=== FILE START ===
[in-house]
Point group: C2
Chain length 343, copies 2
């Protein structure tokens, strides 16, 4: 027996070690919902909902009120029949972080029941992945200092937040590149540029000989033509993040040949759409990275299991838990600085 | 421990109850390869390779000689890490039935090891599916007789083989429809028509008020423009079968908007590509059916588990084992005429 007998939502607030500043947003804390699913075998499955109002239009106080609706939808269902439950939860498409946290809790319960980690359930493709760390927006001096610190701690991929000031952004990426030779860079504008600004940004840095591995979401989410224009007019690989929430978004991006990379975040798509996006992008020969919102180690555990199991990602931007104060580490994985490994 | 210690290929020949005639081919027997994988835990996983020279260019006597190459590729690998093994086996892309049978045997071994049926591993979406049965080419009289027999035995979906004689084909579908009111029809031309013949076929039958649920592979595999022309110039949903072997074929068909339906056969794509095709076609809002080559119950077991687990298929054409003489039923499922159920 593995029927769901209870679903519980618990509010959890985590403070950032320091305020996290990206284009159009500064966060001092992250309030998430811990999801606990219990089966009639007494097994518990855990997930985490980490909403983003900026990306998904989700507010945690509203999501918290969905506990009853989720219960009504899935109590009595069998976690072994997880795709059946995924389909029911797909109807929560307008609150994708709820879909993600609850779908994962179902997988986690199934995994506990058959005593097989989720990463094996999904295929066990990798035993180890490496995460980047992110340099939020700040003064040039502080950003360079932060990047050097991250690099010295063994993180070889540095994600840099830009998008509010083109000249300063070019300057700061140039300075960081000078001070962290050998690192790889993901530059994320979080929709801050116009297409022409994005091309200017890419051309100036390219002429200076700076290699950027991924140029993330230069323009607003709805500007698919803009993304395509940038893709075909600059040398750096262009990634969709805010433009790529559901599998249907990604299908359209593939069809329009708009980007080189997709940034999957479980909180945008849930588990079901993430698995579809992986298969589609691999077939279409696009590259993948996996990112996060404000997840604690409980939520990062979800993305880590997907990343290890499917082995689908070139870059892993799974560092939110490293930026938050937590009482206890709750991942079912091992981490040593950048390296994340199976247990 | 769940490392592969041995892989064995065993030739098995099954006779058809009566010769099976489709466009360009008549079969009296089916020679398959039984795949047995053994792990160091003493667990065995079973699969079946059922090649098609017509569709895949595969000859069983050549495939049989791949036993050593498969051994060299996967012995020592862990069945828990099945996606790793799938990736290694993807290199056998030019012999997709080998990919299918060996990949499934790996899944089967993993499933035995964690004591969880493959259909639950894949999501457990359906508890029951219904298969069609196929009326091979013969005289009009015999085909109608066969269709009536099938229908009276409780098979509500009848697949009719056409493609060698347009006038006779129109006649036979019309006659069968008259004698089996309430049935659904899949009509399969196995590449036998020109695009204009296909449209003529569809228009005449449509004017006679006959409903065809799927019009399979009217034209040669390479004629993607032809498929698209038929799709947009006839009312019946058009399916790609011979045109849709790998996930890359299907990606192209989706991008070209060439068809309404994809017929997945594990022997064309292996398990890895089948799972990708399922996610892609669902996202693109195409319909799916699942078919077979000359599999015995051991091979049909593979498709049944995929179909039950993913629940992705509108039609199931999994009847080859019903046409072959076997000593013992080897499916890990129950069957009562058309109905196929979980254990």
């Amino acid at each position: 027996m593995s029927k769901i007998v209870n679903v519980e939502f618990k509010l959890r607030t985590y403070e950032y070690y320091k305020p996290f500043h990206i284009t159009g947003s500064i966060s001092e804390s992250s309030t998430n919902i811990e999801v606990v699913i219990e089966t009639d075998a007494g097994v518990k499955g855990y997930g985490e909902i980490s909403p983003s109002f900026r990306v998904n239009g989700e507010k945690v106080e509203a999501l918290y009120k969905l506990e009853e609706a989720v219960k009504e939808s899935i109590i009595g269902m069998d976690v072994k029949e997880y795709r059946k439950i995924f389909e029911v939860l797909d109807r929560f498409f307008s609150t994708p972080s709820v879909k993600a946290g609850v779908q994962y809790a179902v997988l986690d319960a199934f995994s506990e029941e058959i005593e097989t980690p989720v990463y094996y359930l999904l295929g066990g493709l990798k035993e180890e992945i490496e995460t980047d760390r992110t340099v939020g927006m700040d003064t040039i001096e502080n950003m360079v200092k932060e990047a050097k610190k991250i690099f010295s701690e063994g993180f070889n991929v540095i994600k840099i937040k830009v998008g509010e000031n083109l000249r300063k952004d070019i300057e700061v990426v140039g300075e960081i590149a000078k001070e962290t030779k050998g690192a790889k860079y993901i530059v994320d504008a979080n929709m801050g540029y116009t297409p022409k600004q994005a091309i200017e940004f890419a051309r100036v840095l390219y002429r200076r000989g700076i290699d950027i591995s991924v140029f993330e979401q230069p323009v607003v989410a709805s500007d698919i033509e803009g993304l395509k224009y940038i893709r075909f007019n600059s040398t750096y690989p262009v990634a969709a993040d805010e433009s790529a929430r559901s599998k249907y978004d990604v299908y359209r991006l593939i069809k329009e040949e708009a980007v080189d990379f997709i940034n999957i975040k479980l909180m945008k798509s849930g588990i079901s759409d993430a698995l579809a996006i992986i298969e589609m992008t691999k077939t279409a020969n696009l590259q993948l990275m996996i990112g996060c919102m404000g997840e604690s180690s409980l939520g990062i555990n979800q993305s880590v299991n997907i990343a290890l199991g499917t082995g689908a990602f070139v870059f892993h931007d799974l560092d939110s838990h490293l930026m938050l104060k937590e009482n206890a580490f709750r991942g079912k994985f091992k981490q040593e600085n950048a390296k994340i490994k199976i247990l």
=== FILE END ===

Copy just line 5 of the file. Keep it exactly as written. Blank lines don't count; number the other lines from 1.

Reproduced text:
């Amino acid at each position: 027996m593995s029927k769901i007998v209870n679903v519980e939502f618990k509010l959890r607030t985590y403070e950032y070690y320091k305020p996290f500043h990206i284009t159009g947003s500064i966060s001092e804390s992250s309030t998430n919902i811990e999801v606990v699913i219990e089966t009639d075998a007494g097994v518990k499955g855990y997930g985490e909902i980490s909403p983003s109002f900026r990306v998904n239009g989700e507010k945690v106080e509203a999501l918290y009120k969905l506990e009853e609706a989720v219960k009504e939808s899935i109590i009595g269902m069998d976690v072994k029949e997880y795709r059946k439950i995924f389909e029911v939860l797909d109807r929560f498409f307008s609150t994708p972080s709820v879909k993600a946290g609850v779908q994962y809790a179902v997988l986690d319960a199934f995994s506990e029941e058959i005593e097989t980690p989720v990463y094996y359930l999904l295929g066990g493709l990798k035993e180890e992945i490496e995460t980047d760390r992110t340099v939020g927006m700040d003064t040039i001096e502080n950003m360079v200092k932060e990047a050097k610190k991250i690099f010295s701690e063994g993180f070889n991929v540095i994600k840099i937040k830009v998008g509010e000031n083109l000249r300063k952004d070019i300057e700061v990426v140039g300075e960081i590149a000078k001070e962290t030779k050998g690192a790889k860079y993901i530059v994320d504008a979080n929709m801050g540029y116009t297409p022409k600004q994005a091309i200017e940004f890419a051309r100036v840095l390219y002429r200076r000989g700076i290699d950027i591995s991924v140029f993330e979401q230069p323009v607003v989410a709805s500007d698919i033509e803009g993304l395509k224009y940038i893709r075909f007019n600059s040398t750096y690989p262009v990634a969709a993040d805010e433009s790529a929430r559901s599998k249907y978004d990604v299908y359209r991006l593939i069809k329009e040949e708009a980007v080189d990379f997709i940034n999957i975040k479980l909180m945008k798509s849930g588990i079901s759409d993430a698995l579809a996006i992986i298969e589609m992008t691999k077939t279409a020969n696009l590259q993948l990275m996996i990112g996060c919102m404000g997840e604690s180690s409980l939520g990062i555990n979800q993305s880590v299991n997907i990343a290890l199991g499917t082995g689908a990602f070139v870059f892993h931007d799974l560092d939110s838990h490293l930026m938050l104060k937590e009482n206890a580490f709750r991942g079912k994985f091992k981490q040593e600085n950048a390296k994340i490994k199976i247990l």